Tomorrow is the last day to download free or discounted e-books for Read an E-Book Week.
You can find all my books on my Smashwords page.
I’ve been intrigued by the number of times different books have been downloaded as of early Friday morning. The books I’m giving away are listed below in order of popularity so far this week:
- Trapped by Love: A Novelette—a short romance that is always free
- Fern’s Fancies—contemporary romance
- Dream or Destiny—romantic mystery
- Stroke of Luck—contemporary romance
- The Secrets of Fantastic Houseplants—plant care guide
- Preserving Memories: How to Write a Family History—how-to guide
- Finding the Information You Need: Research Tips for Your Family, Business, or Personal Pursuits—how-to guide and resource
Among the fiction titles, with one exception, the shorter titles are downloaded more often than longer titles. In fact, the last time I checked, Trapped by Love has been downloaded 456 times, and the other six titles have been downloaded a total of 456 times. The exception is Stroke of Luck, which is shorter than Dream or Destiny but has been downloaded fewer times.
The same pattern holds true in the nonfiction. Coincidence? I wonder. It would be logical to assume that people would choose how-to guides on the basis of topics of interest. Houseplants probably have more general appeal than writing family histories, but I was surprised that the research how-to was at the bottom of the list. It includes nearly 100 links to helpful sites, three case studies of different types of research, and lots of tips on finding information from other people, in the library, and online.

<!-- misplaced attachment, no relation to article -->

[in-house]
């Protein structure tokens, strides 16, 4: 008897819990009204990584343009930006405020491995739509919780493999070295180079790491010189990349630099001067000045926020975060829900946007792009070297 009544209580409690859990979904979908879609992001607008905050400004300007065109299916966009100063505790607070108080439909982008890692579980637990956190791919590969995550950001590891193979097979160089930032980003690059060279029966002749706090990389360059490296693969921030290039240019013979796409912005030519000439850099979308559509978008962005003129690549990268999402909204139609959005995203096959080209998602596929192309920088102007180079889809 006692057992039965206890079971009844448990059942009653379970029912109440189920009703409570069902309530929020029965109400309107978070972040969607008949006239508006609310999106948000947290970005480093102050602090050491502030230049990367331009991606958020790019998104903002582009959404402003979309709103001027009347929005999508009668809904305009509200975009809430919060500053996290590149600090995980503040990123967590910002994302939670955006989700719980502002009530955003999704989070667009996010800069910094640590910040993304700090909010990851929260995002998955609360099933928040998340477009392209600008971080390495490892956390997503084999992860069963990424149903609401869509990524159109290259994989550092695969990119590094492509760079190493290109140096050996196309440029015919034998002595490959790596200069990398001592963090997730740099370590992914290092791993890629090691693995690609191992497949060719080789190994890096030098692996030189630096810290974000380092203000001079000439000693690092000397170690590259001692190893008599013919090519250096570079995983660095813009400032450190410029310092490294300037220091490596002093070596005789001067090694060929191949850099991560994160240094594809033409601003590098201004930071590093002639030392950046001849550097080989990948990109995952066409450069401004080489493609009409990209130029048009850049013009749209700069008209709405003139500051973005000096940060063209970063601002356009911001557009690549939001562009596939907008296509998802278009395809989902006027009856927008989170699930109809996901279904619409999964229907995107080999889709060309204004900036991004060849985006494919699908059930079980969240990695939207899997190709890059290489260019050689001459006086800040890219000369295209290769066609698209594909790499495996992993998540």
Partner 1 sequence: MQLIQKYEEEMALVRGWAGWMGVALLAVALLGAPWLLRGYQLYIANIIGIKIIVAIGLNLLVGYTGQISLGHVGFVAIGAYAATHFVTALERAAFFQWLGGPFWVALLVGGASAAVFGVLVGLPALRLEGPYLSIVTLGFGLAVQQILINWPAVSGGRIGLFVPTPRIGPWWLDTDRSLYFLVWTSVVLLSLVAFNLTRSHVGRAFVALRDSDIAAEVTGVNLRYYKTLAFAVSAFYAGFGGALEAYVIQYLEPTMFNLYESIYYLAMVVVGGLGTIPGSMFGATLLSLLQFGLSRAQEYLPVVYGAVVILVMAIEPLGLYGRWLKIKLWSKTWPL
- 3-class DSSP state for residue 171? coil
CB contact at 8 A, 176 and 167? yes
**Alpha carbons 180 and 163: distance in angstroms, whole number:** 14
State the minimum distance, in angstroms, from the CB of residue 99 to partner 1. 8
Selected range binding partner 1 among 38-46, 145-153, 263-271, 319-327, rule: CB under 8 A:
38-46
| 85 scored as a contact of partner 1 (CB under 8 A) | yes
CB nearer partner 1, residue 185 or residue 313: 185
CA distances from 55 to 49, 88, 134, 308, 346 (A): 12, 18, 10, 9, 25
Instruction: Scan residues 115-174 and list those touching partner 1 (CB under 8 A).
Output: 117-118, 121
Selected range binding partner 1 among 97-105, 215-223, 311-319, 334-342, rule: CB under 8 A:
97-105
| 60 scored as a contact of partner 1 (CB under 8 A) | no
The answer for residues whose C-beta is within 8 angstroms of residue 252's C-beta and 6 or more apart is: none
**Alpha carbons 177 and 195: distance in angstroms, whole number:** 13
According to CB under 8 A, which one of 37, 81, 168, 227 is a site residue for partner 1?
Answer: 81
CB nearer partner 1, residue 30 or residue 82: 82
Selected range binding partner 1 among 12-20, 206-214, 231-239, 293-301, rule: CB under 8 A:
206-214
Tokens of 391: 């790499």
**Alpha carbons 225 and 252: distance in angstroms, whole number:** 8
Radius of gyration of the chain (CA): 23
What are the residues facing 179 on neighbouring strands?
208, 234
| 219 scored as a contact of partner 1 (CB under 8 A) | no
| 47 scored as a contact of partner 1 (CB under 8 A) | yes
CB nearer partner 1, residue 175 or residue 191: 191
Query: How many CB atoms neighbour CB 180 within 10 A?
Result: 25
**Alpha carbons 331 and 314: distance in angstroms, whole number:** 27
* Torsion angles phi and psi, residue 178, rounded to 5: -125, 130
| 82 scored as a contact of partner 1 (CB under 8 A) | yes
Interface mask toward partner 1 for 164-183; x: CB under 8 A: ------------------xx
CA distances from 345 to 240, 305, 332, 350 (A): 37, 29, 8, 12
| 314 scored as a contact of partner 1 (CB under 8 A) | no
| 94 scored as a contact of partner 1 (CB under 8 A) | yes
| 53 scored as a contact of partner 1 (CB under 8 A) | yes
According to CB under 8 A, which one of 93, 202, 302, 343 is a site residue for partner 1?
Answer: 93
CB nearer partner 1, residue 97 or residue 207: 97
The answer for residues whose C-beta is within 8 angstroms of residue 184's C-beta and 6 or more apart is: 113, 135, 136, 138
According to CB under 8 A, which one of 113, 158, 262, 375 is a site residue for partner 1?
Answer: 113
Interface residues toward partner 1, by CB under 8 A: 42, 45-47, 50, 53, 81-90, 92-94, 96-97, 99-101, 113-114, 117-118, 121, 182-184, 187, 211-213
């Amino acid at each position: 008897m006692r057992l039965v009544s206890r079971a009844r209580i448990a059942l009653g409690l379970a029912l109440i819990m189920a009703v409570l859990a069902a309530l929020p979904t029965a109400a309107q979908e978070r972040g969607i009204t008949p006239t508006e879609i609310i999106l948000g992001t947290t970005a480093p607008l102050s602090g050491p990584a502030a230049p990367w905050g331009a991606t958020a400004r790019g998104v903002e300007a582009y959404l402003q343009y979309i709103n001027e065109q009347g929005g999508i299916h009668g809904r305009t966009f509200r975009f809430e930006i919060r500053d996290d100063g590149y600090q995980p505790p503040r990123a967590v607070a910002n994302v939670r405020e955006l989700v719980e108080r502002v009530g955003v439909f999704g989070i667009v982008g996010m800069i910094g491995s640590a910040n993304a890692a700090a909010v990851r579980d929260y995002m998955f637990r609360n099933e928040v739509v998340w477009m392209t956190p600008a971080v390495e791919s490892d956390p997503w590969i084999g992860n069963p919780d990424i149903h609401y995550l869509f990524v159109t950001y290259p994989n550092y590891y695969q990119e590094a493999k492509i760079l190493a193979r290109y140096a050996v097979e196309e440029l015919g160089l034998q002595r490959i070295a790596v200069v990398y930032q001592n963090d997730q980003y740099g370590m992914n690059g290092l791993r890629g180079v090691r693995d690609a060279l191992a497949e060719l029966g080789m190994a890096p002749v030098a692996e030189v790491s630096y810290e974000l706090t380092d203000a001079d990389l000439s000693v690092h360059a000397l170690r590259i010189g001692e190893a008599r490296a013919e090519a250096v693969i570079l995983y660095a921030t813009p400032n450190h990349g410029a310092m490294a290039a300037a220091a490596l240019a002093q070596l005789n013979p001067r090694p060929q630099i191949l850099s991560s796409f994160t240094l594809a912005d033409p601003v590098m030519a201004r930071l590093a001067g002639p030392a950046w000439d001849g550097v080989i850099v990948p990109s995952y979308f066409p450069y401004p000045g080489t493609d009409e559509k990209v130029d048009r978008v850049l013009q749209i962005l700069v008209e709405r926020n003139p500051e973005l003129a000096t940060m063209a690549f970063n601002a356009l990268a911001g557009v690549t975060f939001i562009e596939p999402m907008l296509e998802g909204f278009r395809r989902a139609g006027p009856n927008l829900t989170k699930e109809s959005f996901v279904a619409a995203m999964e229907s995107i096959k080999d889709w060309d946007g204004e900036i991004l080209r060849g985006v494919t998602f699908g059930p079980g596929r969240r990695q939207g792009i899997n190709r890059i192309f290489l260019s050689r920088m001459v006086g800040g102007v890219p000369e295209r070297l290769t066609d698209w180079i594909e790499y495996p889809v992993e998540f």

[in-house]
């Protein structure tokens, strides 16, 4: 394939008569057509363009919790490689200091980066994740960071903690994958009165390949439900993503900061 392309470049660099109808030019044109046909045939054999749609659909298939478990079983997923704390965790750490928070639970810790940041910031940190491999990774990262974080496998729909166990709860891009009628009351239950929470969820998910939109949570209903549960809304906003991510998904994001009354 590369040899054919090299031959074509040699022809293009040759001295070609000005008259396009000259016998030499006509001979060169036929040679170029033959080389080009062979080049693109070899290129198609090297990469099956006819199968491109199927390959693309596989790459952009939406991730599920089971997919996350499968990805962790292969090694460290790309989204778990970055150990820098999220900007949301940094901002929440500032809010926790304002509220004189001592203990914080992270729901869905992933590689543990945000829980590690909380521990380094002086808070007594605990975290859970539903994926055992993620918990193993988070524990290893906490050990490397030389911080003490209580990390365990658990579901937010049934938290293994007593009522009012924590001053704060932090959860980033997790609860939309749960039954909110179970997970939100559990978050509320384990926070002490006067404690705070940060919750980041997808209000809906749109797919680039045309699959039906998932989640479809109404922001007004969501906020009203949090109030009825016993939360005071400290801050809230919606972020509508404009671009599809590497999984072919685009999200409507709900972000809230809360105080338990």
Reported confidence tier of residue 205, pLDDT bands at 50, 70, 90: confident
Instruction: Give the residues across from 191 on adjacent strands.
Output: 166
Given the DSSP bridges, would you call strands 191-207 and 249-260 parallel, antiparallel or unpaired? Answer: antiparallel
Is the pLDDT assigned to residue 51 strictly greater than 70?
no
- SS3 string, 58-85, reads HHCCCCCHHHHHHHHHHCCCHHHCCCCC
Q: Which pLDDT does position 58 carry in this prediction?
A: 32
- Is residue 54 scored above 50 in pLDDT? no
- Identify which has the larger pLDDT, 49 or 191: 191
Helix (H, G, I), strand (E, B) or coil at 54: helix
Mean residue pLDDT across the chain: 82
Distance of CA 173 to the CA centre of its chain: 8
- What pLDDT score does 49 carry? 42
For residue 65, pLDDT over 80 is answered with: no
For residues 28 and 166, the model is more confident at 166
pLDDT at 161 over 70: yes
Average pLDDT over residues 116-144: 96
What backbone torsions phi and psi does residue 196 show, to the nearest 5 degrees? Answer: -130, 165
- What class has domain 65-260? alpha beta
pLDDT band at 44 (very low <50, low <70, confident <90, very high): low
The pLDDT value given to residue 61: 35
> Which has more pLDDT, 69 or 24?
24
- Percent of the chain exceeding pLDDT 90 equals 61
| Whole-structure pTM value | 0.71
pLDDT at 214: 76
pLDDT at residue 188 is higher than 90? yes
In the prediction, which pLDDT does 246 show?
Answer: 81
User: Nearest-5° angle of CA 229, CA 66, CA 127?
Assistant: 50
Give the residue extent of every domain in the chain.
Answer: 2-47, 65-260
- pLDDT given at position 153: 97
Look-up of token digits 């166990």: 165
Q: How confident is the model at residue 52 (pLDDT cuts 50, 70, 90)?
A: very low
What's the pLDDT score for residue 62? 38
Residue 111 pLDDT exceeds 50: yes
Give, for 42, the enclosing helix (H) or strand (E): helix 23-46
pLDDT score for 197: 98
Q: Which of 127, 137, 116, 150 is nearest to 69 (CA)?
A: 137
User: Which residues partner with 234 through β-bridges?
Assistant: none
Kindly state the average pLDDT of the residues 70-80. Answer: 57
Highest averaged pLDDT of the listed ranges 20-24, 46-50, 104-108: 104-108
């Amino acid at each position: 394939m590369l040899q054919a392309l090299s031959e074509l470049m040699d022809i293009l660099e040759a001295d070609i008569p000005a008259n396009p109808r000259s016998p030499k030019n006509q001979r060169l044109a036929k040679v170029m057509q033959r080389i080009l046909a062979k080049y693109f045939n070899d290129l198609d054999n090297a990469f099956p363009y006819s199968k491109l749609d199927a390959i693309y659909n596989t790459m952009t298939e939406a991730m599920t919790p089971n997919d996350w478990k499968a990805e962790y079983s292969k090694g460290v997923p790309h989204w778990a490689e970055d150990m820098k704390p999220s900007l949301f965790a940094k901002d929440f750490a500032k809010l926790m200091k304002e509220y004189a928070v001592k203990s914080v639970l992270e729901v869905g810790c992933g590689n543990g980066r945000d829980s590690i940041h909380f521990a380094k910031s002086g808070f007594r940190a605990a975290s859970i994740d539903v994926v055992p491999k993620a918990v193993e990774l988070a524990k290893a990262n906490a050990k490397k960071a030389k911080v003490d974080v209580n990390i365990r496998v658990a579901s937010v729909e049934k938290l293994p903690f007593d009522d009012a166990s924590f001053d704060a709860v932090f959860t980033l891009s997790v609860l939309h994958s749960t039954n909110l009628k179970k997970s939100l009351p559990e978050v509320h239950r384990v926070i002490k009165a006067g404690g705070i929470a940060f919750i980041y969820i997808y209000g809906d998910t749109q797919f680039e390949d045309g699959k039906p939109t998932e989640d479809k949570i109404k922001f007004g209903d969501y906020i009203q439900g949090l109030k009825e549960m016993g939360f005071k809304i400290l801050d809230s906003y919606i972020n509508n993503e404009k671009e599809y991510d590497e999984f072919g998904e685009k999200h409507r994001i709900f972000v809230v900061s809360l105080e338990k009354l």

If you have any insights on whether shorter books are, in fact, more popular in general or if this pattern is mere chance, please share your thoughts in comments.
If you haven’t downloaded your free or discounted books yet, be sure to do it by the end of the day on Saturday. You can find free books at Smashwords and Read an E-book Week as well as individual author and publisher Web sites.
If you don’t like them, post a review anyway. You might write something like this: “This book was worth every penny I paid for it.” Every free book is worth at least what you paid for it, and mine are no exception. 🙂